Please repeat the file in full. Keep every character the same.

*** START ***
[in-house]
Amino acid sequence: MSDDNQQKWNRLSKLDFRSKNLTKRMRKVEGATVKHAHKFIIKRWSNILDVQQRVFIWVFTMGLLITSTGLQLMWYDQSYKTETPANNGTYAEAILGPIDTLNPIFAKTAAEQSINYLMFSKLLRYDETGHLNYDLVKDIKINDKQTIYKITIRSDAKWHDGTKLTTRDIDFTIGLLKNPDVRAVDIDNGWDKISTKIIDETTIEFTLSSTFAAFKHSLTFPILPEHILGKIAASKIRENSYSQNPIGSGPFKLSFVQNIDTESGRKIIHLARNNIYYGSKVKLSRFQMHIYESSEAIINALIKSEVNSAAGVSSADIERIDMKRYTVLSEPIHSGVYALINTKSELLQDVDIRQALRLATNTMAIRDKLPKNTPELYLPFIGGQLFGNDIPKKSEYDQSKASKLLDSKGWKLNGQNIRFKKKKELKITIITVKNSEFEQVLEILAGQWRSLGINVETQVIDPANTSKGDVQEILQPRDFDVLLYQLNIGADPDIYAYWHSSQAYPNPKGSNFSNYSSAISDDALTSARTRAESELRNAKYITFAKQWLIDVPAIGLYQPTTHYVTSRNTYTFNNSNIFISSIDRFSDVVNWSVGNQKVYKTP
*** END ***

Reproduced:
[in-house]
Amino acid sequence: MSDDNQQKWNRLSKLDFRSKNLTKRMRKVEGATVKHAHKFIIKRWSNILDVQQRVFIWVFTMGLLITSTGLQLMWYDQSYKTETPANNGTYAEAILGPIDTLNPIFAKTAAEQSINYLMFSKLLRYDETGHLNYDLVKDIKINDKQTIYKITIRSDAKWHDGTKLTTRDIDFTIGLLKNPDVRAVDIDNGWDKISTKIIDETTIEFTLSSTFAAFKHSLTFPILPEHILGKIAASKIRENSYSQNPIGSGPFKLSFVQNIDTESGRKIIHLARNNIYYGSKVKLSRFQMHIYESSEAIINALIKSEVNSAAGVSSADIERIDMKRYTVLSEPIHSGVYALINTKSELLQDVDIRQALRLATNTMAIRDKLPKNTPELYLPFIGGQLFGNDIPKKSEYDQSKASKLLDSKGWKLNGQNIRFKKKKELKITIITVKNSEFEQVLEILAGQWRSLGINVETQVIDPANTSKGDVQEILQPRDFDVLLYQLNIGADPDIYAYWHSSQAYPNPKGSNFSNYSSAISDDALTSARTRAESELRNAKYITFAKQWLIDVPAIGLYQPTTHYVTSRNTYTFNNSNIFISSIDRFSDVVNWSVGNQKVYKTP